Best Buy’s bait and switch

I find this reprehensible. Best Buy has gotten caught publishing prices on their web site, and having a duplicate, look-alike site that employees access from inside the store. So, if you see a deal on line and want to go pick one up in the store, it is quite possible that an employee will show you a site from one of their in-store browsers that shows a different price on what appears to be the Best Buy site. Silly consumer, you must’ve mis-read the price at home!

First, let’s call this what it is: it’s a grift. It’s a bait and switch. It’s illegal. It’s a scam to get you in the store and sell you goods at higher prices or try to get you to buy other goods. Second, let’s watch Best Buy’s executive team ‘fess up and admit what they did. From the article:

“It’s unfortunate, some of the situations being described,” Bryant said. “What we’ve learned very quickly is we have not been clear enough in communicating to our employees the policy, and how to execute it in our stores.”

Woah. That’s not an admission. That’s throwing every one of your retail employees under the bus. You’re blaming 17 year old kids for not being convincing con-artists. Just think about the level of sophistication required to pull this off. It wasn’t by accident that an entire second web site and database went up and that machines deployed to the stores were configured to access it instead of the public site. The infrastructure required to make this happen isn’t accidental; it is the result of a massive, concerted effort by people very high up in the organization.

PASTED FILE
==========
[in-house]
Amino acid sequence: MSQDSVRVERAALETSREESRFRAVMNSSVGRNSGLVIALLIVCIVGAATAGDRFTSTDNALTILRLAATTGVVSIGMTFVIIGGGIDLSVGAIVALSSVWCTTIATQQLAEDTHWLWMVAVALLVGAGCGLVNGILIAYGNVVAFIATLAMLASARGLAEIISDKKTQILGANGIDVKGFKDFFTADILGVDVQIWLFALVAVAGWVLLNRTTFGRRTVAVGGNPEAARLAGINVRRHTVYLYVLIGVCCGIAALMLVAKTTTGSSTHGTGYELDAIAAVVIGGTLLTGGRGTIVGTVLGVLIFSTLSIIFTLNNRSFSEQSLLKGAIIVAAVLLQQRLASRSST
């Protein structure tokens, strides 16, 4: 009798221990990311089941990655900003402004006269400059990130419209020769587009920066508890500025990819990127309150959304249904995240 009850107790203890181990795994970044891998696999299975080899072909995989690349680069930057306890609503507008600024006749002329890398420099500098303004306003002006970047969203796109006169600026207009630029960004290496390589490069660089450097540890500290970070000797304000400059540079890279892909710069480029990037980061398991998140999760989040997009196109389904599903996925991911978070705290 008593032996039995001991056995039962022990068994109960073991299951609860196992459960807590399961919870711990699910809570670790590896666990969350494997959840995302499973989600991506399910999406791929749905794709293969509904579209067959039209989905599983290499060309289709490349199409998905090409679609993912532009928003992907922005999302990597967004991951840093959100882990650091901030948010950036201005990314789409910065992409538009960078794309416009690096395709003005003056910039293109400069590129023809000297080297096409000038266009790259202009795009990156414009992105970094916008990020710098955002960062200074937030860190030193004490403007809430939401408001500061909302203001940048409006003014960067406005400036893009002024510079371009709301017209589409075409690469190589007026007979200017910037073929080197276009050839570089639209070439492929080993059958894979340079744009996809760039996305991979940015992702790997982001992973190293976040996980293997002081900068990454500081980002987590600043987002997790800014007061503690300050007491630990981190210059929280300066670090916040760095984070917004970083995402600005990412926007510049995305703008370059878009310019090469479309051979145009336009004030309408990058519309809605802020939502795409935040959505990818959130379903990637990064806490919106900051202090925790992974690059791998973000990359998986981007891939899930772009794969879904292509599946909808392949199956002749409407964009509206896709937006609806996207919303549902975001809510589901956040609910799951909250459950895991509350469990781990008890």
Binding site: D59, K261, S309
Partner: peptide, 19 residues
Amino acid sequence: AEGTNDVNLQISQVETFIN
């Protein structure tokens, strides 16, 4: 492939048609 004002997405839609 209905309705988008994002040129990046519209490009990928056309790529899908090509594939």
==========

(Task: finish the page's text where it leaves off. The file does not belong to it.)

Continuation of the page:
You lied. You’re crappy con-artists that got caught. And I hope you pay.

Update March 19, 2007: According to a report by The Consumerist, Best Buy is still doing this, even after an investigation was launched!